Career Downgrades


by Karen Kodzik

One of the greatest fears for my job seeker clients is that they will “settle.” Settling could mean taking a job for less pay, at a lower professional level, or doing something they don’t enjoy. However, job searches have been the longest we have seen in decades, and job seekers are running out of severance, unemployment benefits, savings, and time…..so what should you think about when looking at the possibility of a career downgrade?

 

Downgrades are a good idea when…

  • You want to get your foot into a new industry. Some industries draw talent primarily from within the industry. The medical device industry is an example of this. Taking a job that allows you to break into a new industry would be a good reason to consider a downgrade.
     
  • The job helps you get your foot in the door of a desired company. There are some companies in town that many people would like to work for but it is extremely difficult to get in. A career downgrade may make sense in this case.
     
  • The job gives you a chance to learn a new skill or broadens your existing skill set. Taking a lesser job that allows for an opportunity to learn something new like project management or Six Sigma can ultimately help strengthen your career path.
     
  • The job intentionally diversifies your experience. If you have been with the same company 15-20 years, a career downgrade to get experience with another company may be helpful to demonstrate that you can adapt to a new way of doing things and a new culture.
     
  • You are a career changer. Starting off on a lower rung of the professional ladder may be expected for people who enter a whole new career. As you gain experience, you will climb quickly.

 

Things to be careful of…

  • Resetting yourself in the job market at a lower compensation level. If you take a job at a lesser salary, you may never earn the salary you were earning at your old job. It may make it more difficult to get jobs at or above your original salary.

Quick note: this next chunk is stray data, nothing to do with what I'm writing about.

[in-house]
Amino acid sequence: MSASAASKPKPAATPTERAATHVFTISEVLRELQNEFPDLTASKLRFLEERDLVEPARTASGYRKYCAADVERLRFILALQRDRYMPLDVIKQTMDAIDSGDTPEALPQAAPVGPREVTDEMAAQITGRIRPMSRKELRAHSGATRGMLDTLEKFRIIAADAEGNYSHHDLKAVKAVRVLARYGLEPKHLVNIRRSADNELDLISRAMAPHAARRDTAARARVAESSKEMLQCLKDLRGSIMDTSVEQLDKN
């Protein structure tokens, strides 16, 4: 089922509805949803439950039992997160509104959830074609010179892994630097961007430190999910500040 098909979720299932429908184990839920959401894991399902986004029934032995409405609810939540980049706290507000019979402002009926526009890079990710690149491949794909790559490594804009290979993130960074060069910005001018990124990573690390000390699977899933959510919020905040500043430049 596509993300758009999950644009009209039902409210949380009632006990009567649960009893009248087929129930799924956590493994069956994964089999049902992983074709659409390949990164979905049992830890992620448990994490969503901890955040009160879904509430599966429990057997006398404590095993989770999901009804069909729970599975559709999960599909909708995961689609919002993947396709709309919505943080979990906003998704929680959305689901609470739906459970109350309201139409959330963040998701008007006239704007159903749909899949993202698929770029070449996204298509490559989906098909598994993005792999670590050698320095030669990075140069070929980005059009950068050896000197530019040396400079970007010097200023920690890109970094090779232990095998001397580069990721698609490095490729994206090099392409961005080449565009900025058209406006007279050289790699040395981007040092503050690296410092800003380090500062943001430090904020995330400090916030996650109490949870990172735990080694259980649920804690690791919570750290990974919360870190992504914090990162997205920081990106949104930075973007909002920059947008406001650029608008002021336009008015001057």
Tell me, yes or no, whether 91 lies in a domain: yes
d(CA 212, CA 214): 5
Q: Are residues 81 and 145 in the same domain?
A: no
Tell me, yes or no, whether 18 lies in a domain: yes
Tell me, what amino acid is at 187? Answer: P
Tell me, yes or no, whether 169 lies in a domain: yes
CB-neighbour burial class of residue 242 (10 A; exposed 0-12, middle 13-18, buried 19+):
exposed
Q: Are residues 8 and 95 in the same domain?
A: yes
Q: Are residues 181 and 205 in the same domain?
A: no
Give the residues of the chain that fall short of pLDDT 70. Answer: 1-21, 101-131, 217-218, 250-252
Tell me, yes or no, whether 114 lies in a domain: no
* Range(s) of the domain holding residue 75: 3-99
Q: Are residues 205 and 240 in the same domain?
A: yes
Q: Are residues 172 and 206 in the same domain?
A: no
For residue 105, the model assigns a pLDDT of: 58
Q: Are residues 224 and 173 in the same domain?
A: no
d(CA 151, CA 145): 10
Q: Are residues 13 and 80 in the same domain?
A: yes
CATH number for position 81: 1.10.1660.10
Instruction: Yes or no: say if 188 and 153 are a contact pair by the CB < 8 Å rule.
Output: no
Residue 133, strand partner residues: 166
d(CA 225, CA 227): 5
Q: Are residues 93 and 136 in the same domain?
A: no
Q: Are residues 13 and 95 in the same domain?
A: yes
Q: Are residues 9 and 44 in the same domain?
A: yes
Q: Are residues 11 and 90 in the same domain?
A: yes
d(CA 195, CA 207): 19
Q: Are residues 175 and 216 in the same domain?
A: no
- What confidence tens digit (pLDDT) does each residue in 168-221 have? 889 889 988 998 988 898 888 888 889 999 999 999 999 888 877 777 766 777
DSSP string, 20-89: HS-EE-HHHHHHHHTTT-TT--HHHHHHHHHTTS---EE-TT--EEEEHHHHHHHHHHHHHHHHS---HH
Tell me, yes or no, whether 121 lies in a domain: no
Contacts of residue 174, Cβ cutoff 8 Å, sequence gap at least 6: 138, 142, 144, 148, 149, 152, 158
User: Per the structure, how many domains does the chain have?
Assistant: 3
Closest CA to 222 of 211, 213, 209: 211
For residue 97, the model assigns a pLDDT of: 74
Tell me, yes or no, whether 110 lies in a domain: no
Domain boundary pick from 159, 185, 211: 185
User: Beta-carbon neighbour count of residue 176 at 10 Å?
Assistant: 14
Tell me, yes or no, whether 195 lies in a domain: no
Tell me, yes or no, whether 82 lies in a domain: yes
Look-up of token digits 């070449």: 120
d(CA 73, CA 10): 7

• The employer may not recognize your full skill set. For example, if you were previously a manager and you downgraded to a non-managerial job, your skills, talents, and potential could go unrecognized, and you could be underutilized.
     
  • You may be viewed as overqualified or too expensive. Attempting to secure a job at a lower level is not easy because prospective employers fear you will leave if presented with an opportunity at your current level.
     
  • Accepting a job that will be difficult to explain on your resume in the event you are in transition again. When considering a career downgrade, be prepared to explain it. Looking like you took a job out of desperation is often not attractive to future employers. It makes it seem like you are not fully managing your career.

 

Karen Kodzik, a career management consultant and founder of Cultivating Careers, holds a Master’s degree with an emphasis in Career Development and has worked with professionals in transition for over 13 years. She has worked inside of Fortune 500 companies, a global consulting firm, higher education, and a non-profit organization. She has coached and consulted various levels of professionals across industries throughout the country.

 

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